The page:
“Being surrounded by change makers and influential people encouraged me to pursue my passions.”
Lebanese-born Lynn Tabbara recalls that it was during her time as a student at IE when she made “the conscious decision to devote my life to public service.” Before that, during her childhood and adolescence in “a country torn apart by war,” she had known the terrible consequences of the conflicts in the Middle East and the resulting migrations. That unforgettable experience would make her into the firm defender of women’s rights that she is today.
Tabbara, who currently lives in London and is the organizer of TEDxCoventGardenWomen –an event that deals with questions of gender and identity– values very positively the time she spent in Madrid studying for an International MBA: “It not only enriched me intellectually and academically, but introduced me to a very inspiring network of friends, long-lasting and genuine friendships that have added valued to my life in every aspect. Being surrounded by such a group of amazing change makers and influential people, I was encouraged to pursue my passions.”
In 2013, as a result of that desire to take part in social change and value creation in Lebanon, Tabbara and a good friend, Zelena El Zein, founded Intaliqi, an NGO with a clear objective: “to give a voice to socially disadvantaged women by stripping away limiting labels and stereotypes.” The world was then beginning to be aware of the effects of the great humanitarian crisis caused by the war that since 2011 had been raging in neighboring Syria. Intaliqi came about “as part of a natural process to meet the need to help that displaced community.”
The name Intaliqi comes from the verb in Arabic that means “to leap forward”. With the Community Kitchen and Roots Project programs leading the way, this non-profit organization wants to support that leap by improving living conditions for this displaced community. To do so, it teaches the female refugees employable skill sets, empowering them to create value in the camps, while at the same time feeding hundreds of families in those camps.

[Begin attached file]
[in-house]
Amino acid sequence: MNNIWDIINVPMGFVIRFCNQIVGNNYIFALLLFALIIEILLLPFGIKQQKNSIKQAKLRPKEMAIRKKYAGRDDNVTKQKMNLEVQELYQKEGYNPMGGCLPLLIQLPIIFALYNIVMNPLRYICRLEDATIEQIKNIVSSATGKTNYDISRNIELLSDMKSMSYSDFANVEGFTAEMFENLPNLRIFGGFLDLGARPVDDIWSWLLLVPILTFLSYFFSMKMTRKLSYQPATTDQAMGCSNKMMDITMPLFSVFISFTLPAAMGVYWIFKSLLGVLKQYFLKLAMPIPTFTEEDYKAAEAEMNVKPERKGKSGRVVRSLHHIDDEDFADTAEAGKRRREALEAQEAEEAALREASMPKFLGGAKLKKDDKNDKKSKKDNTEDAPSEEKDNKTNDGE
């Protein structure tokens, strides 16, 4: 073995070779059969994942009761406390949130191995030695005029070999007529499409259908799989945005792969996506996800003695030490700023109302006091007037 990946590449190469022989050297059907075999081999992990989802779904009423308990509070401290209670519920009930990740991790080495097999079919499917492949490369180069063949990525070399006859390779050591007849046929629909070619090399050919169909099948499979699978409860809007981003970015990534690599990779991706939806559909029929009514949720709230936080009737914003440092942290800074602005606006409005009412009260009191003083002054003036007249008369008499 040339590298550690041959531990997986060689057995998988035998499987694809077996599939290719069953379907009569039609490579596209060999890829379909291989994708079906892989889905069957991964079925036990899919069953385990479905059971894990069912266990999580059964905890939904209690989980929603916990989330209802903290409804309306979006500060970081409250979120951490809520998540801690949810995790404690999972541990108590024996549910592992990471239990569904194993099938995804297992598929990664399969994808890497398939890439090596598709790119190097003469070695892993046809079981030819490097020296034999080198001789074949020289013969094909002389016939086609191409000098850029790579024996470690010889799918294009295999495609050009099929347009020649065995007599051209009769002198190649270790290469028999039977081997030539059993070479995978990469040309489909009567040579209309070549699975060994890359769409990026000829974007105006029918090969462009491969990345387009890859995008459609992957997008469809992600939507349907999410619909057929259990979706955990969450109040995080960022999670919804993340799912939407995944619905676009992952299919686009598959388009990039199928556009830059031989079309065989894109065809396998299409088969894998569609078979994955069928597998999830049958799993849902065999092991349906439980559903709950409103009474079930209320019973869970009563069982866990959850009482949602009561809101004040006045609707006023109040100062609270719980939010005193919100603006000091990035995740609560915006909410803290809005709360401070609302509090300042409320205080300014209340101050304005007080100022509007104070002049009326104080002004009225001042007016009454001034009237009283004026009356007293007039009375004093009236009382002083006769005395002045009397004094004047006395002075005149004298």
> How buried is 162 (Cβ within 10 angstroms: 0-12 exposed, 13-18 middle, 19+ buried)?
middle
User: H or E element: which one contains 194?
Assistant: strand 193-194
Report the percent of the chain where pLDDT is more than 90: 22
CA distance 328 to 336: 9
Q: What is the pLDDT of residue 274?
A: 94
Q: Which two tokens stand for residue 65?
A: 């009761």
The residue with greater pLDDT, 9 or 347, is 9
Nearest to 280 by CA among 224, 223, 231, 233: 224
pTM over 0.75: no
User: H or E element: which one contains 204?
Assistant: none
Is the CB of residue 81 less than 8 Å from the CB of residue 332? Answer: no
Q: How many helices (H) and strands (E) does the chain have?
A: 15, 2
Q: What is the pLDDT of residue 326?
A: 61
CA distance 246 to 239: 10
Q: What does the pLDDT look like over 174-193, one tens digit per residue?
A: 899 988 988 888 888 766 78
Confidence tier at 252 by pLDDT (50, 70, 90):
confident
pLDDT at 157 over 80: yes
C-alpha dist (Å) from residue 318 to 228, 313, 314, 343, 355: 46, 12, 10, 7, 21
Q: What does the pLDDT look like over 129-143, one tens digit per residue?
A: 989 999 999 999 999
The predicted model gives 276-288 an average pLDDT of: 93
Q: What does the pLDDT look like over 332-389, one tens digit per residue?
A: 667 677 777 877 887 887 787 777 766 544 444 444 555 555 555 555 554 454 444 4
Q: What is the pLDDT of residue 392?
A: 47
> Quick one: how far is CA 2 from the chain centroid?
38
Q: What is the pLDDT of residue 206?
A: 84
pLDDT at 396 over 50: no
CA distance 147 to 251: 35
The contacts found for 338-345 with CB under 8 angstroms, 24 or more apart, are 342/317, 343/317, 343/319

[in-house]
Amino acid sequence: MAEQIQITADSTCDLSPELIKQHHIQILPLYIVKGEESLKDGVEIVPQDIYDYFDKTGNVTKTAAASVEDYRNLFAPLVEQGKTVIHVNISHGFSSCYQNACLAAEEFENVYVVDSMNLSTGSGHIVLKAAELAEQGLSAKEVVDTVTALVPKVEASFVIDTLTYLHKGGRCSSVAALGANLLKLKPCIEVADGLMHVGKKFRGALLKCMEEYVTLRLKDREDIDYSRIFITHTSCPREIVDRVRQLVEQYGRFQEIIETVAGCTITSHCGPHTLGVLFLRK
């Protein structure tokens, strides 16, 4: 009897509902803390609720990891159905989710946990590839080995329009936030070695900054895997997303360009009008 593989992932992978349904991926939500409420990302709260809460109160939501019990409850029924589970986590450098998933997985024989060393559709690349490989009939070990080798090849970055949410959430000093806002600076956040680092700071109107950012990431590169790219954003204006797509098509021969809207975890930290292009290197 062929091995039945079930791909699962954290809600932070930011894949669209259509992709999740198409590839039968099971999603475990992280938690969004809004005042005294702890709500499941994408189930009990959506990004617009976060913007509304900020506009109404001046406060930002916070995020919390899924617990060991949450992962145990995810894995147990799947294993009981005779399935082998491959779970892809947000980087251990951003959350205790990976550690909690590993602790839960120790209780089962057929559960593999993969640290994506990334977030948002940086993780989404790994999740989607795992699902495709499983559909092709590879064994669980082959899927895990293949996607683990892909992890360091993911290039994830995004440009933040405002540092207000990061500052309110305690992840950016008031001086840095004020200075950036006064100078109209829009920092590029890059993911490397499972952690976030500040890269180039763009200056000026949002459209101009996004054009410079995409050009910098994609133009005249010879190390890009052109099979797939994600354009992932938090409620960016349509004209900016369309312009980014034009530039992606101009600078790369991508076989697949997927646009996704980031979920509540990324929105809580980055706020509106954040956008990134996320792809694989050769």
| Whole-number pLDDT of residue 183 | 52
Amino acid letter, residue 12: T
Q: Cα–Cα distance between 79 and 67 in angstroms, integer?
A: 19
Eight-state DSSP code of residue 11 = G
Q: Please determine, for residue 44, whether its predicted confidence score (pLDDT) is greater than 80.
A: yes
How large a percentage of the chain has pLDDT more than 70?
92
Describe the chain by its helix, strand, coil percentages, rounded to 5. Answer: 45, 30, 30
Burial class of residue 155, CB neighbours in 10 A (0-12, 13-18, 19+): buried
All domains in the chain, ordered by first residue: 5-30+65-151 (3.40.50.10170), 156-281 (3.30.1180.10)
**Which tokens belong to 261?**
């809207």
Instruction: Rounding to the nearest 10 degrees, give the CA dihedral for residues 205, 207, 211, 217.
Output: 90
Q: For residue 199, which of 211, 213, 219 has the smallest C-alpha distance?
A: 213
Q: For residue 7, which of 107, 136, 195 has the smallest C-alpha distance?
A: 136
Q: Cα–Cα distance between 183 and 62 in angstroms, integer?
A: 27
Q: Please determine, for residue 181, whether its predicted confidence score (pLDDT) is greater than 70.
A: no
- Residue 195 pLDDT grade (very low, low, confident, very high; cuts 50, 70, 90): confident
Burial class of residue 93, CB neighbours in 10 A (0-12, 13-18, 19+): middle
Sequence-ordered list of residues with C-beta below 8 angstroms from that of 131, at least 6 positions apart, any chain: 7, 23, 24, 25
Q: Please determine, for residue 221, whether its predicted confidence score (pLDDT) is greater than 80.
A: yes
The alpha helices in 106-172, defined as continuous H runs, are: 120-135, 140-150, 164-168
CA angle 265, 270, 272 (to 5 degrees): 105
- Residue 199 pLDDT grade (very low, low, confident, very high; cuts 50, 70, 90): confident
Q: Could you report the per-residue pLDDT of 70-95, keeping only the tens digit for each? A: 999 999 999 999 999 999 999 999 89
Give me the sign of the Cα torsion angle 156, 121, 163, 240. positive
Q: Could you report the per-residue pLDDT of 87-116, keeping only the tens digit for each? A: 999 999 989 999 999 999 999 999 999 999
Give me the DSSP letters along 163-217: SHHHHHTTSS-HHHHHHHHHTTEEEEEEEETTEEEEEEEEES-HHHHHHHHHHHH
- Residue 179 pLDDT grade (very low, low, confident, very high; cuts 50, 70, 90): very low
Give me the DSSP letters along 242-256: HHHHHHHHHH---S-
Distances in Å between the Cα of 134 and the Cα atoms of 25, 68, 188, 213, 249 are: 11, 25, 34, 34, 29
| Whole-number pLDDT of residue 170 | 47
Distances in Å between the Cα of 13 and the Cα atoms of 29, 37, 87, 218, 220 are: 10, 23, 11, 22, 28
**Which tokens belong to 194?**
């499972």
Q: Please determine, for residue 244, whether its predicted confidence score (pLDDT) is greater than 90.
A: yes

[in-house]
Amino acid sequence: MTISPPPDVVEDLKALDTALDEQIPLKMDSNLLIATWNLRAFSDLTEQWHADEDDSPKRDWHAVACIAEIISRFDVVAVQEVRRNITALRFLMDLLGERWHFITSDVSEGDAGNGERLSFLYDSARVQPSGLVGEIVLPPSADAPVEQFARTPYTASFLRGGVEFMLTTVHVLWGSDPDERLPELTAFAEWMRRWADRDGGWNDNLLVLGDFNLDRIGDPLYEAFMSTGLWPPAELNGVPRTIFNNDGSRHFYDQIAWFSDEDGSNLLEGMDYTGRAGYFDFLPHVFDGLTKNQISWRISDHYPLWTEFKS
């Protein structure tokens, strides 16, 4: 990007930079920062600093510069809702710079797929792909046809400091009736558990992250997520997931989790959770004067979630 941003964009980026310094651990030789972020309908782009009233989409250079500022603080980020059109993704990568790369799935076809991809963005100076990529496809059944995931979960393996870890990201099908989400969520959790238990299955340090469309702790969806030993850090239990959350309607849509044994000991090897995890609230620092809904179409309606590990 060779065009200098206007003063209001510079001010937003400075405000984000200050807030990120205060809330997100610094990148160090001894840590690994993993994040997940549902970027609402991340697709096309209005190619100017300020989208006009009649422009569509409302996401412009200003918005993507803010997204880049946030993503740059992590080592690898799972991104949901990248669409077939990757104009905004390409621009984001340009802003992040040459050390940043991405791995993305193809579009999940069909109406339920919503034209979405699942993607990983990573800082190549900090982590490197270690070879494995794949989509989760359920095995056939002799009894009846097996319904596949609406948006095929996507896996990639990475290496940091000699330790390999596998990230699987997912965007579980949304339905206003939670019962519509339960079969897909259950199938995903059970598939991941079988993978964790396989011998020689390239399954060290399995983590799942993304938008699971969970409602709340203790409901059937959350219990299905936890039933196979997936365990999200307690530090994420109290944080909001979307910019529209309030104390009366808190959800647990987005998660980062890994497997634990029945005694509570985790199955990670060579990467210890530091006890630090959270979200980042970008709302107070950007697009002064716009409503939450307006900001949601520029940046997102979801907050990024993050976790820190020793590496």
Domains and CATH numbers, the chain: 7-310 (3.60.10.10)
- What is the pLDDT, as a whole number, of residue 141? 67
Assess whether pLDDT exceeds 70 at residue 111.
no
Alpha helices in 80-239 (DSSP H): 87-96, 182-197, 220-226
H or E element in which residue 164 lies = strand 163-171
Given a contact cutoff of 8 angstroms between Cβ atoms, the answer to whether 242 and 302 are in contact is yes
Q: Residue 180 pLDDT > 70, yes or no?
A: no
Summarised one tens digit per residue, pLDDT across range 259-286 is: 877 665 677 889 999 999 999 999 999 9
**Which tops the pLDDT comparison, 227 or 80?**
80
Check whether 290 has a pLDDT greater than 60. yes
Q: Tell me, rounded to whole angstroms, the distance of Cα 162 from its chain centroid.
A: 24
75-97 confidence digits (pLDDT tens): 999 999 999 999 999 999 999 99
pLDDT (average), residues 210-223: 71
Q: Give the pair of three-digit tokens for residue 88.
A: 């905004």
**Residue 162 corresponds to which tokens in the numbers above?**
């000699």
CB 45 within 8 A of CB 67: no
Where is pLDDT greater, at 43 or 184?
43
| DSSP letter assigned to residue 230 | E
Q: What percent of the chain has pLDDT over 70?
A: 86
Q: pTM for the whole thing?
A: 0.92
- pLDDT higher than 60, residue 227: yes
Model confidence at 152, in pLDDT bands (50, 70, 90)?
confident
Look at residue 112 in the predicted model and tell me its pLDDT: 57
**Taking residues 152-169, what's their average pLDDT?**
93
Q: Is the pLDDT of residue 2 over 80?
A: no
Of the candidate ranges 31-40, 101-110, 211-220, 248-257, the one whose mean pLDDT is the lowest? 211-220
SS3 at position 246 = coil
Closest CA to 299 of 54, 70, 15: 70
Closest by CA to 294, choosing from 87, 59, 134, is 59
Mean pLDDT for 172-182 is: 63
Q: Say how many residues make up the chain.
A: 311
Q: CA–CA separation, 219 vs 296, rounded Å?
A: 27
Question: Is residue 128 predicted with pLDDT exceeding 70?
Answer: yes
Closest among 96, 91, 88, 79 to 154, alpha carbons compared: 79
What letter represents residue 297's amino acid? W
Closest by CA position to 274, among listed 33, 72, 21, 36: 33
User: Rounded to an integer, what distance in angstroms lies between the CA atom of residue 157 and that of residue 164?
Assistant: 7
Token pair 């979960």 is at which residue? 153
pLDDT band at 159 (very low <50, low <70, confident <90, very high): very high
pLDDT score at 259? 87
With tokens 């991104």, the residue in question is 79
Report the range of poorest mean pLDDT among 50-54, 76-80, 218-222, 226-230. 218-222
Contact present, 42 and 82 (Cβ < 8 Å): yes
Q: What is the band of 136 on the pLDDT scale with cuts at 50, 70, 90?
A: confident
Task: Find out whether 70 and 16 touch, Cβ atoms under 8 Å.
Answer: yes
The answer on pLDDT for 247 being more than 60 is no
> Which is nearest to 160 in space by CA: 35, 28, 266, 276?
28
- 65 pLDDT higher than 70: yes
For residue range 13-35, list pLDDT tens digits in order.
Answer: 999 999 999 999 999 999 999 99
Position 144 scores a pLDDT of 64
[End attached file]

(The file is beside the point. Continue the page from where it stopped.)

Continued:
“Both projects unleashed the women’s self-confidence, self-esteem and their creativity. Not only were they learning technical skills like cooking and agriculture, but they were also learning life skills that made them agents for change and leaders in their respective families and communities,” says Tabbara.
Intaliqi provides medical assistance, psychological support, mentoring, life skills training and hygiene awareness in the camps. In the future, this NGO aims to expand its aid to, among other socially disadvantaged groups, Palestine women refugees, Lebanese women and teenage mothers. Likewise, to improve access to education for refugee girls, Intaliqi hopes to open a girls’ school and provide informal education to young displaced Syrian women.
“Socially disadvantaged women are often deprived of equal access to education, health care, capital and decision-making power. Intaliqi seeks to address these issues in a holistic manner, thereby improving women’s living conditions and contributing to their civil, economic, social and cultural fulfillment,” says Tabbara, who in her many encounters with different groups of marginalized people has been able to see the enormous potential of these women and girls.